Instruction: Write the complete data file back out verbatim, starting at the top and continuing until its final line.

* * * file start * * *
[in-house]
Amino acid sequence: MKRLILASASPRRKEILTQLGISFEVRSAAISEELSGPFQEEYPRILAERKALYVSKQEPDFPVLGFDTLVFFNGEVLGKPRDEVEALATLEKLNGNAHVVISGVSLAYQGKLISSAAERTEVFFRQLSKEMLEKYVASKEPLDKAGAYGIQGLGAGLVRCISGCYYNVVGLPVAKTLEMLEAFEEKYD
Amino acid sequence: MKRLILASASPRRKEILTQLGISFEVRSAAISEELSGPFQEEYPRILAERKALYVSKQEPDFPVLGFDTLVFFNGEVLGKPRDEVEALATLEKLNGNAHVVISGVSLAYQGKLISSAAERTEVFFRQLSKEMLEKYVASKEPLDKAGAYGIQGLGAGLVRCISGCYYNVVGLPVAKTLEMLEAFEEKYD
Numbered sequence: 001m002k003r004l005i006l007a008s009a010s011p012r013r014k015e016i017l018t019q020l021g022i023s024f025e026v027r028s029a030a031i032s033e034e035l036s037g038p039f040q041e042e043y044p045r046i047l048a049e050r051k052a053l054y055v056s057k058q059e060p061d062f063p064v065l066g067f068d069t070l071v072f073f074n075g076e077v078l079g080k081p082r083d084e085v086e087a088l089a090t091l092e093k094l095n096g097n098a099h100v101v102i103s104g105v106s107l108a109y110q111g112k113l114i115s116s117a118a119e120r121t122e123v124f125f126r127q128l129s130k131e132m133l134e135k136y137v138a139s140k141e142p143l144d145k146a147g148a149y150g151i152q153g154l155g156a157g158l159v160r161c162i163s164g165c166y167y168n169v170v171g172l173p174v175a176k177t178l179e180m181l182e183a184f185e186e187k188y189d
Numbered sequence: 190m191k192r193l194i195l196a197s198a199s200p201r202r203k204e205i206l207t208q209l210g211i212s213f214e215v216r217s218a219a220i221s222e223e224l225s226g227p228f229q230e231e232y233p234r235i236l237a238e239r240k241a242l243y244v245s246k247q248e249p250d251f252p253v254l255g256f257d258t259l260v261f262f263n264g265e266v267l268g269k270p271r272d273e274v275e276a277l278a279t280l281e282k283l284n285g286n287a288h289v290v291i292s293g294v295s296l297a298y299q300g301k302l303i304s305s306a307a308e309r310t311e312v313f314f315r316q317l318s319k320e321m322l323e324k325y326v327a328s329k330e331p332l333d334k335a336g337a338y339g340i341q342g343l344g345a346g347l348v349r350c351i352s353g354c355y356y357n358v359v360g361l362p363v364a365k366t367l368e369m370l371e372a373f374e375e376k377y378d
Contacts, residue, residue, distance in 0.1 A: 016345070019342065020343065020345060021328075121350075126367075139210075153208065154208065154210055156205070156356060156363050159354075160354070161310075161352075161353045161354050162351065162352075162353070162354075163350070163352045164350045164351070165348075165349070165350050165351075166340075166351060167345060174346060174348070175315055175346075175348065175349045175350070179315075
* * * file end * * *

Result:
[in-house]
Amino acid sequence: MKRLILASASPRRKEILTQLGISFEVRSAAISEELSGPFQEEYPRILAERKALYVSKQEPDFPVLGFDTLVFFNGEVLGKPRDEVEALATLEKLNGNAHVVISGVSLAYQGKLISSAAERTEVFFRQLSKEMLEKYVASKEPLDKAGAYGIQGLGAGLVRCISGCYYNVVGLPVAKTLEMLEAFEEKYD
Amino acid sequence: MKRLILASASPRRKEILTQLGISFEVRSAAISEELSGPFQEEYPRILAERKALYVSKQEPDFPVLGFDTLVFFNGEVLGKPRDEVEALATLEKLNGNAHVVISGVSLAYQGKLISSAAERTEVFFRQLSKEMLEKYVASKEPLDKAGAYGIQGLGAGLVRCISGCYYNVVGLPVAKTLEMLEAFEEKYD
Numbered sequence: 001m002k003r004l005i006l007a008s009a010s011p012r013r014k015e016i017l018t019q020l021g022i023s024f025e026v027r028s029a030a031i032s033e034e035l036s037g038p039f040q041e042e043y044p045r046i047l048a049e050r051k052a053l054y055v056s057k058q059e060p061d062f063p064v065l066g067f068d069t070l071v072f073f074n075g076e077v078l079g080k081p082r083d084e085v086e087a088l089a090t091l092e093k094l095n096g097n098a099h100v101v102i103s104g105v106s107l108a109y110q111g112k113l114i115s116s117a118a119e120r121t122e123v124f125f126r127q128l129s130k131e132m133l134e135k136y137v138a139s140k141e142p143l144d145k146a147g148a149y150g151i152q153g154l155g156a157g158l159v160r161c162i163s164g165c166y167y168n169v170v171g172l173p174v175a176k177t178l179e180m181l182e183a184f185e186e187k188y189d
Numbered sequence: 190m191k192r193l194i195l196a197s198a199s200p201r202r203k204e205i206l207t208q209l210g211i212s213f214e215v216r217s218a219a220i221s222e223e224l225s226g227p228f229q230e231e232y233p234r235i236l237a238e239r240k241a242l243y244v245s246k247q248e249p250d251f252p253v254l255g256f257d258t259l260v261f262f263n264g265e266v267l268g269k270p271r272d273e274v275e276a277l278a279t280l281e282k283l284n285g286n287a288h289v290v291i292s293g294v295s296l297a298y299q300g301k302l303i304s305s306a307a308e309r310t311e312v313f314f315r316q317l318s319k320e321m322l323e324k325y326v327a328s329k330e331p332l333d334k335a336g337a338y339g340i341q342g343l344g345a346g347l348v349r350c351i352s353g354c355y356y357n358v359v360g361l362p363v364a365k366t367l368e369m370l371e372a373f374e375e376k377y378d
Contacts, residue, residue, distance in 0.1 A: 016345070019342065020343065020345060021328075121350075126367075139210075153208065154208065154210055156205070156356060156363050159354075160354070161310075161352075161353045161354050162351065162352075162353070162354075163350070163352045164350045164351070165348075165349070165350050165351075166340075166351060167345060174346060174348070175315055175346075175348065175349045175350070179315075